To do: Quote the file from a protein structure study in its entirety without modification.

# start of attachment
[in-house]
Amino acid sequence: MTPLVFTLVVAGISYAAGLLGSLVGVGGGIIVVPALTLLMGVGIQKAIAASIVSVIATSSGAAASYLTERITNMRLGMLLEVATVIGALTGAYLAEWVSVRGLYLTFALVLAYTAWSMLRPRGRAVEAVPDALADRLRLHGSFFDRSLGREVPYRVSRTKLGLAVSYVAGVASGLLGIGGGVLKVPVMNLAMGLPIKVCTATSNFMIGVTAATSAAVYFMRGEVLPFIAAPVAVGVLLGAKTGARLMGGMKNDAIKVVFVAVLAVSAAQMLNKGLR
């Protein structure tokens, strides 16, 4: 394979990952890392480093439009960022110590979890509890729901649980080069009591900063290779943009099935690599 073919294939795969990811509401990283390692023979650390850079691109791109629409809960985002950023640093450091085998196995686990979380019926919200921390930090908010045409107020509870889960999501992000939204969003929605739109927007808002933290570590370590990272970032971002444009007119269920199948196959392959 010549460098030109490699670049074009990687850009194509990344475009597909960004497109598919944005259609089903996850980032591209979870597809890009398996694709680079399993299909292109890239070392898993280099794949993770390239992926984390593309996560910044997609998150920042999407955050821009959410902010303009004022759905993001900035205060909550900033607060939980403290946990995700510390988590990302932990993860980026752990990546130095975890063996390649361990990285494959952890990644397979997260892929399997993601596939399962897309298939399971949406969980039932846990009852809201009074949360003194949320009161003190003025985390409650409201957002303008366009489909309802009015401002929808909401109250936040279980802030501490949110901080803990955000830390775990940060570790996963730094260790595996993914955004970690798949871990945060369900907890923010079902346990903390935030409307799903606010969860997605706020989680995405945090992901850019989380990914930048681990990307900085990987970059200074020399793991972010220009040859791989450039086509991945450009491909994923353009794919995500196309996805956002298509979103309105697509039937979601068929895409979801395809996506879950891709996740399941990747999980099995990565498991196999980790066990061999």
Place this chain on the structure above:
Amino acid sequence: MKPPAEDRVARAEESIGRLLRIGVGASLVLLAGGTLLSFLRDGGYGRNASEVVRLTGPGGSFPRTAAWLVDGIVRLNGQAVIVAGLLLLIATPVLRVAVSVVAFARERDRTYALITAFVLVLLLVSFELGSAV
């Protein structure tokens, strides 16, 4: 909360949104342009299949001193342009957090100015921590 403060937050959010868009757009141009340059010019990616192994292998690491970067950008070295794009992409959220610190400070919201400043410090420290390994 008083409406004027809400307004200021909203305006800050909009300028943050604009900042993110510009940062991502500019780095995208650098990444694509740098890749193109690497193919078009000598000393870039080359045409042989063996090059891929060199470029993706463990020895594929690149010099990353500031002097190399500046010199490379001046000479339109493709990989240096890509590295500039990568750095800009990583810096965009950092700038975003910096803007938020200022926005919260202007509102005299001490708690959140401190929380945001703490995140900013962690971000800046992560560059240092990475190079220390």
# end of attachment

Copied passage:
[in-house]
Amino acid sequence: MTPLVFTLVVAGISYAAGLLGSLVGVGGGIIVVPALTLLMGVGIQKAIAASIVSVIATSSGAAASYLTERITNMRLGMLLEVATVIGALTGAYLAEWVSVRGLYLTFALVLAYTAWSMLRPRGRAVEAVPDALADRLRLHGSFFDRSLGREVPYRVSRTKLGLAVSYVAGVASGLLGIGGGVLKVPVMNLAMGLPIKVCTATSNFMIGVTAATSAAVYFMRGEVLPFIAAPVAVGVLLGAKTGARLMGGMKNDAIKVVFVAVLAVSAAQMLNKGLR
């Protein structure tokens, strides 16, 4: 394979990952890392480093439009960022110590979890509890729901649980080069009591900063290779943009099935690599 073919294939795969990811509401990283390692023979650390850079691109791109629409809960985002950023640093450091085998196995686990979380019926919200921390930090908010045409107020509870889960999501992000939204969003929605739109927007808002933290570590370590990272970032971002444009007119269920199948196959392959 010549460098030109490699670049074009990687850009194509990344475009597909960004497109598919944005259609089903996850980032591209979870597809890009398996694709680079399993299909292109890239070392898993280099794949993770390239992926984390593309996560910044997609998150920042999407955050821009959410902010303009004022759905993001900035205060909550900033607060939980403290946990995700510390988590990302932990993860980026752990990546130095975890063996390649361990990285494959952890990644397979997260892929399997993601596939399962897309298939399971949406969980039932846990009852809201009074949360003194949320009161003190003025985390409650409201957002303008366009489909309802009015401002929808909401109250936040279980802030501490949110901080803990955000830390775990940060570790996963730094260790595996993914955004970690798949871990945060369900907890923010079902346990903390935030409307799903606010969860997605706020989680995405945090992901850019989380990914930048681990990307900085990987970059200074020399793991972010220009040859791989450039086509991945450009491909994923353009794919995500196309996805956002298509979103309105697509039937979601068929895409979801395809996506879950891709996740399941990747999980099995990565498991196999980790066990061999």
Place this chain on the structure above:
Amino acid sequence: MKPPAEDRVARAEESIGRLLRIGVGASLVLLAGGTLLSFLRDGGYGRNASEVVRLTGPGGSFPRTAAWLVDGIVRLNGQAVIVAGLLLLIATPVLRVAVSVVAFARERDRTYALITAFVLVLLLVSFELGSAV
């Protein structure tokens, strides 16, 4: 909360949104342009299949001193342009957090100015921590 403060937050959010868009757009141009340059010019990616192994292998690491970067950008070295794009992409959220610190400070919201400043410090420290390994 008083409406004027809400307004200021909203305006800050909009300028943050604009900042993110510009940062991502500019780095995208650098990444694509740098890749193109690497193919078009000598000393870039080359045409042989063996090059891929060199470029993706463990020895594929690149010099990353500031002097190399500046010199490379001046000479339109493709990989240096890509590295500039990568750095800009990583810096965009950092700038975003910096803007938020200022926005919260202007509102005299001490708690959140401190929380945001703490995140900013962690971000800046992560560059240092990475190079220390």